The optimal timing of surgical repair for infants with complete atrioventricular canal defect remains controversial, as there are risks to both early and late repair. We address this debate by investigating the association of various risk factors, including age and weight at surgery, markers of failure to thrive, and pulmonary vascular disease, with postoperative length of stay following complete atrioventricular canal repair.
Infants who underwent repair of complete atrioventricular canal were identified from our institutional Society of Thoracic Surgeons Congenital Heart Surgery Database. Additional clinical data were collected from the electronic medical record. Descriptive statistics were computed. Associations between postoperative length of stay and covariates of interest were evaluated using linear regression with bootstrap aggregation.
From 2001 to 2020, 150 infants underwent isolated complete atrioventricular canal repair at our institution. Pre-operative failure to thrive and evidence of pulmonary disease were common. Surgical mortality was 2%. In univariable analysis, neither weight nor age at surgery were associated with mortality, postoperative length of stay, duration of mechanical ventilation, or post-operative severe valvular regurgitation. In multivariable analysis of demographic and preoperative clinical factors using bootstrap aggregation, increased postoperative length of stay was only significantly associated with previous pulmonary artery banding (33.9 day increase, p = 0.03) and preoperative use of supplemental oxygen (19.9 day increase, p = 0.03).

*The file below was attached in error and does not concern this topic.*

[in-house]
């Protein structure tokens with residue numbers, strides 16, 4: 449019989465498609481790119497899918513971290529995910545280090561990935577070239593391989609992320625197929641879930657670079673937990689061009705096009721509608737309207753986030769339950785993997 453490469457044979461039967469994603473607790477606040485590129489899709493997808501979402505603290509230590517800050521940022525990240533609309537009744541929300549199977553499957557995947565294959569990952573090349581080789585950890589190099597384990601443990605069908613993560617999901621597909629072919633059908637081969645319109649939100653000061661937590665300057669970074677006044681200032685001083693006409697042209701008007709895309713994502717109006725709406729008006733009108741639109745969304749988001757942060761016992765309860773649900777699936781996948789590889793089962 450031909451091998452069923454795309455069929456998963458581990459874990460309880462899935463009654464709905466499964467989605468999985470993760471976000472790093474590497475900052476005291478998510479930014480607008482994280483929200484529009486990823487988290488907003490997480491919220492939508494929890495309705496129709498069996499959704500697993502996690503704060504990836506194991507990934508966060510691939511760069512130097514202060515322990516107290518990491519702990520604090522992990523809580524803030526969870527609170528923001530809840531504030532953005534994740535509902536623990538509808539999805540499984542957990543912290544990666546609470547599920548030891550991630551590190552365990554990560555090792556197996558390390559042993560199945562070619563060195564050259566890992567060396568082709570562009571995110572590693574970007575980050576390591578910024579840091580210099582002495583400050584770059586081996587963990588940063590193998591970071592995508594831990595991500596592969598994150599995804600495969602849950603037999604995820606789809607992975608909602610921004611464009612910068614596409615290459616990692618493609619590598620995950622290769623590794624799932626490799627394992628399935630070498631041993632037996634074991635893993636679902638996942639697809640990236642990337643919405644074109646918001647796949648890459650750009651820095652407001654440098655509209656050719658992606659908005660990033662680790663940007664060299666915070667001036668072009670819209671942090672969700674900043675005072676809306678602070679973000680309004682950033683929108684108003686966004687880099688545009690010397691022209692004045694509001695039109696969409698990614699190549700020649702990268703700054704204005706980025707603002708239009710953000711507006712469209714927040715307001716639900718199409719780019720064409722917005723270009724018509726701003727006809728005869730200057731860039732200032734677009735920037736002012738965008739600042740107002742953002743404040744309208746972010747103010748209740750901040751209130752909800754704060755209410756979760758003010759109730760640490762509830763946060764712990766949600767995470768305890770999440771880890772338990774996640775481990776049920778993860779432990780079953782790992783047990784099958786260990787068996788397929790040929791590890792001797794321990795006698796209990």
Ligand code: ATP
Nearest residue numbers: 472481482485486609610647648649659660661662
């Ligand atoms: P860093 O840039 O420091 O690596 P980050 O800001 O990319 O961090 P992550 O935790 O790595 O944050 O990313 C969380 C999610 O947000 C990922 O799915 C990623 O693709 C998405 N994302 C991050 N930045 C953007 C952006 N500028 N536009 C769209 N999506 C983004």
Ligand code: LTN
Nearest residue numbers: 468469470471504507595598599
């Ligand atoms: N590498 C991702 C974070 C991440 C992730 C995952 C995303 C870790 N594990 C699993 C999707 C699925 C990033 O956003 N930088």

Our analysis shows that previous pulmonary artery banding and preoperative use of supplemental oxygen were associated with increased postoperative length of stay after complete atrioventricular canal repair, whereas age and weight were not. These findings suggest operation prior to the onset of pulmonary involvement may be more important than reaching age or weight thresholds.
Complete atrioventricular canal; ICU; congenital heart surgery.